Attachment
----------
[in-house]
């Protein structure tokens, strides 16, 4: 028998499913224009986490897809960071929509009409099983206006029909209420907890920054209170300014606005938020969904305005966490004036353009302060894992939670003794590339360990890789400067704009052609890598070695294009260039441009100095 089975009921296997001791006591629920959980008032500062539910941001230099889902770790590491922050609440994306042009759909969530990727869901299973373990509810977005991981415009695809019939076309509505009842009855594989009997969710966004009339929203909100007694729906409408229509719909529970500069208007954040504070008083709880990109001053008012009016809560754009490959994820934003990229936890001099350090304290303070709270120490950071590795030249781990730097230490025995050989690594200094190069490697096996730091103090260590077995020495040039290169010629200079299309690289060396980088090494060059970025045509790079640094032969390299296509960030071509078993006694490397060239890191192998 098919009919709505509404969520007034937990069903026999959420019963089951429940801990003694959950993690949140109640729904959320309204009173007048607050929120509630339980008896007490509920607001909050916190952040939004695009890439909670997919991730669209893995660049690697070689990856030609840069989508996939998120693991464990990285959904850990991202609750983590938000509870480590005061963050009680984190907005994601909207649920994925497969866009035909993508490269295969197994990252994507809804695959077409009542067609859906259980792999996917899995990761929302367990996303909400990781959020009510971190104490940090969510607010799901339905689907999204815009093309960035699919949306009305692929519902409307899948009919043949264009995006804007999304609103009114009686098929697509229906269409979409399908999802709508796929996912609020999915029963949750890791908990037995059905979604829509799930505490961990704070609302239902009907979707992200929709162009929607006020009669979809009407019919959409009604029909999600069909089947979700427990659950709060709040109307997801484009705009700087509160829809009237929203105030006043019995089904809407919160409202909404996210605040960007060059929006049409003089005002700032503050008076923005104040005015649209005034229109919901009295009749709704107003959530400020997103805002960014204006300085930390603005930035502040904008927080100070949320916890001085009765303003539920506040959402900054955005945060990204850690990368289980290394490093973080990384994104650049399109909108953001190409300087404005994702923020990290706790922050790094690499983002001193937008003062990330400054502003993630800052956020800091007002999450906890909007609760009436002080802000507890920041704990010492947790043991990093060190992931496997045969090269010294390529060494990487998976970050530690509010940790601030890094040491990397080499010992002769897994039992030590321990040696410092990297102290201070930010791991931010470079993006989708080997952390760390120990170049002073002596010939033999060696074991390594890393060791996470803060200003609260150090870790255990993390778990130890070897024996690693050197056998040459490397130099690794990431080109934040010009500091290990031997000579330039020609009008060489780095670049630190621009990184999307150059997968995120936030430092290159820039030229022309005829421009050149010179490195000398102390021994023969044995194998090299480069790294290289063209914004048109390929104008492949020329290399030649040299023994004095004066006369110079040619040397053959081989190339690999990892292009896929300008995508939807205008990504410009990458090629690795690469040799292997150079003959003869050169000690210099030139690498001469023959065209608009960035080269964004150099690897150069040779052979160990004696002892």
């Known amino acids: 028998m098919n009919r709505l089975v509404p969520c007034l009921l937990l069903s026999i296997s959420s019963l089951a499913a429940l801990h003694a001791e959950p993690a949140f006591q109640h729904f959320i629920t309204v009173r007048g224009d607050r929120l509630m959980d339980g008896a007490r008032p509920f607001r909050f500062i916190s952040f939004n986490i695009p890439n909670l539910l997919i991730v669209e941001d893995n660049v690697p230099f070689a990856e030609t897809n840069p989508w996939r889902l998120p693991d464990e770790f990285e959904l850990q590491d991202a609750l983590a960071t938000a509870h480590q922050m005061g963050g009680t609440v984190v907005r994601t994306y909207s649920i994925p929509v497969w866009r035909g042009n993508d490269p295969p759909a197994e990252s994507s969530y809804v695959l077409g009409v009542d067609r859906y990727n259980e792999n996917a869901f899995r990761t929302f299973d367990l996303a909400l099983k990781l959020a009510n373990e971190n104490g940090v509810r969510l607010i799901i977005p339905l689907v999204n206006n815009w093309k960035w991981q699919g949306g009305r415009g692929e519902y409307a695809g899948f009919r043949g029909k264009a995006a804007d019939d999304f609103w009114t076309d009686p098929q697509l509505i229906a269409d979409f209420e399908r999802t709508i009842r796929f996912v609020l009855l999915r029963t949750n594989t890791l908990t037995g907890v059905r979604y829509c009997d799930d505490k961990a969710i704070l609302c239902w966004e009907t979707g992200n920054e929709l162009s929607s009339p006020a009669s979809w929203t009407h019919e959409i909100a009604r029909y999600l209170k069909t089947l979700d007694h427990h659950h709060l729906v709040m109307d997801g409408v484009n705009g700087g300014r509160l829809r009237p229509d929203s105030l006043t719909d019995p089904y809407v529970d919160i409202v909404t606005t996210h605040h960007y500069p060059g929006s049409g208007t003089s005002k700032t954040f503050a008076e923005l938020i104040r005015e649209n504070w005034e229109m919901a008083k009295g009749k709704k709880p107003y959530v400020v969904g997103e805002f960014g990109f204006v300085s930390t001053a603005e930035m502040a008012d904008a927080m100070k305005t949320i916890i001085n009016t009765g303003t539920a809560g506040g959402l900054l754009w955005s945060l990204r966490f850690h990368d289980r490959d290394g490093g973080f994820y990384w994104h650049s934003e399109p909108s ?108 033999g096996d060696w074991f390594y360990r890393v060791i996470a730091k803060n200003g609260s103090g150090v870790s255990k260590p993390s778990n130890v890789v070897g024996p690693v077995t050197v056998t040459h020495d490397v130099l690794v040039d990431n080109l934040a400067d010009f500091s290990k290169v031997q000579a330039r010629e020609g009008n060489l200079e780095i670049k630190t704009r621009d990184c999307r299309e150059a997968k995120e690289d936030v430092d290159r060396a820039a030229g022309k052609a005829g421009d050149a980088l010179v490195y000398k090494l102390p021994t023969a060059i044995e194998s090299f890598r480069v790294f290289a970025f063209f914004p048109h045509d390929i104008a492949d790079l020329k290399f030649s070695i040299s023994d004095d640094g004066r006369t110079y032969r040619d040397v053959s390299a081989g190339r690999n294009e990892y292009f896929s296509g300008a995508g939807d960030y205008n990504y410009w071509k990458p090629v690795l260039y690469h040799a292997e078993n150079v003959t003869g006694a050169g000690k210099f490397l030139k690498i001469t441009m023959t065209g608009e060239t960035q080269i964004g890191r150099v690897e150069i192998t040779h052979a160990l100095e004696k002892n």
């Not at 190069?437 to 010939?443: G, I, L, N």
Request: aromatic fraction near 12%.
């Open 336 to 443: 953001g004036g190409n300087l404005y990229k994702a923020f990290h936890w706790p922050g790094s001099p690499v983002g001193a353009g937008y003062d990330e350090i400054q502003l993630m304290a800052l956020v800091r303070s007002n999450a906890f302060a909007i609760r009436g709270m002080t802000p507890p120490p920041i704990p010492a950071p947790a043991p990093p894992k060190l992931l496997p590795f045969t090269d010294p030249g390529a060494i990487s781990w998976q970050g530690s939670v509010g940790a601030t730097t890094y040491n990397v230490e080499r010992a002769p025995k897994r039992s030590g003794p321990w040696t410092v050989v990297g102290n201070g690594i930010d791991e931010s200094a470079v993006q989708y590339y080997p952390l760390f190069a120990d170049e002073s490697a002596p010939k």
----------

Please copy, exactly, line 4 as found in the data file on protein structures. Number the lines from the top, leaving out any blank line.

């Not at 190069?437 to 010939?443: G, I, L, N």